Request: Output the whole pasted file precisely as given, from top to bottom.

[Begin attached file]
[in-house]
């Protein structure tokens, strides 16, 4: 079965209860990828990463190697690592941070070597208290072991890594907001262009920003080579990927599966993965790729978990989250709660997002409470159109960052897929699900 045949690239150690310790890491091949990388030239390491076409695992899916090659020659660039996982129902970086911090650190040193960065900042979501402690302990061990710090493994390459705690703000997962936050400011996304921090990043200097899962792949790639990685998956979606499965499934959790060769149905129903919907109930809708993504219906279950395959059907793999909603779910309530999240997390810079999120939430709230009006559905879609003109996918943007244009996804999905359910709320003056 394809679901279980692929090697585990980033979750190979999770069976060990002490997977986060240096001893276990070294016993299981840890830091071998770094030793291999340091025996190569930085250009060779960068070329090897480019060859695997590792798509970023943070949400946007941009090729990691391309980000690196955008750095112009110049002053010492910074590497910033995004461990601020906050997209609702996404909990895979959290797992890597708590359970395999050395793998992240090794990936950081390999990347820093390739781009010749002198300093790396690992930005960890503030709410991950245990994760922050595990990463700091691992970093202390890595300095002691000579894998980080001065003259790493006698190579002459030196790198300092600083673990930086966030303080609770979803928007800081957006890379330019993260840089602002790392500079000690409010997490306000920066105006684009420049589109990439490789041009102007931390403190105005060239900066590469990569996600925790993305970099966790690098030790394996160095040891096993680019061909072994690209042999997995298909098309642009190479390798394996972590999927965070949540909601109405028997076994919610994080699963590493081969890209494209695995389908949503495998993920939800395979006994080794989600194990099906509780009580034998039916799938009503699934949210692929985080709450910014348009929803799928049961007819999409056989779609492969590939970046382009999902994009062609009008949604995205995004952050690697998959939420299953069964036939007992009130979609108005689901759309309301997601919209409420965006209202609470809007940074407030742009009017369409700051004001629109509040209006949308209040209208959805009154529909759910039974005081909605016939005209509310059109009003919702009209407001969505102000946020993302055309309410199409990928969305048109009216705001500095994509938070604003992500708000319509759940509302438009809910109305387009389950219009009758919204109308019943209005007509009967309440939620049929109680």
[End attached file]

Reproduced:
[in-house]
């Protein structure tokens, strides 16, 4: 079965209860990828990463190697690592941070070597208290072991890594907001262009920003080579990927599966993965790729978990989250709660997002409470159109960052897929699900 045949690239150690310790890491091949990388030239390491076409695992899916090659020659660039996982129902970086911090650190040193960065900042979501402690302990061990710090493994390459705690703000997962936050400011996304921090990043200097899962792949790639990685998956979606499965499934959790060769149905129903919907109930809708993504219906279950395959059907793999909603779910309530999240997390810079999120939430709230009006559905879609003109996918943007244009996804999905359910709320003056 394809679901279980692929090697585990980033979750190979999770069976060990002490997977986060240096001893276990070294016993299981840890830091071998770094030793291999340091025996190569930085250009060779960068070329090897480019060859695997590792798509970023943070949400946007941009090729990691391309980000690196955008750095112009110049002053010492910074590497910033995004461990601020906050997209609702996404909990895979959290797992890597708590359970395999050395793998992240090794990936950081390999990347820093390739781009010749002198300093790396690992930005960890503030709410991950245990994760922050595990990463700091691992970093202390890595300095002691000579894998980080001065003259790493006698190579002459030196790198300092600083673990930086966030303080609770979803928007800081957006890379330019993260840089602002790392500079000690409010997490306000920066105006684009420049589109990439490789041009102007931390403190105005060239900066590469990569996600925790993305970099966790690098030790394996160095040891096993680019061909072994690209042999997995298909098309642009190479390798394996972590999927965070949540909601109405028997076994919610994080699963590493081969890209494209695995389908949503495998993920939800395979006994080794989600194990099906509780009580034998039916799938009503699934949210692929985080709450910014348009929803799928049961007819999409056989779609492969590939970046382009999902994009062609009008949604995205995004952050690697998959939420299953069964036939007992009130979609108005689901759309309301997601919209409420965006209202609470809007940074407030742009009017369409700051004001629109509040209006949308209040209208959805009154529909759910039974005081909605016939005209509310059109009003919702009209407001969505102000946020993302055309309410199409990928969305048109009216705001500095994509938070604003992500708000319509759940509302438009809910109305387009389950219009009758919204109308019943209005007509009967309440939620049929109680």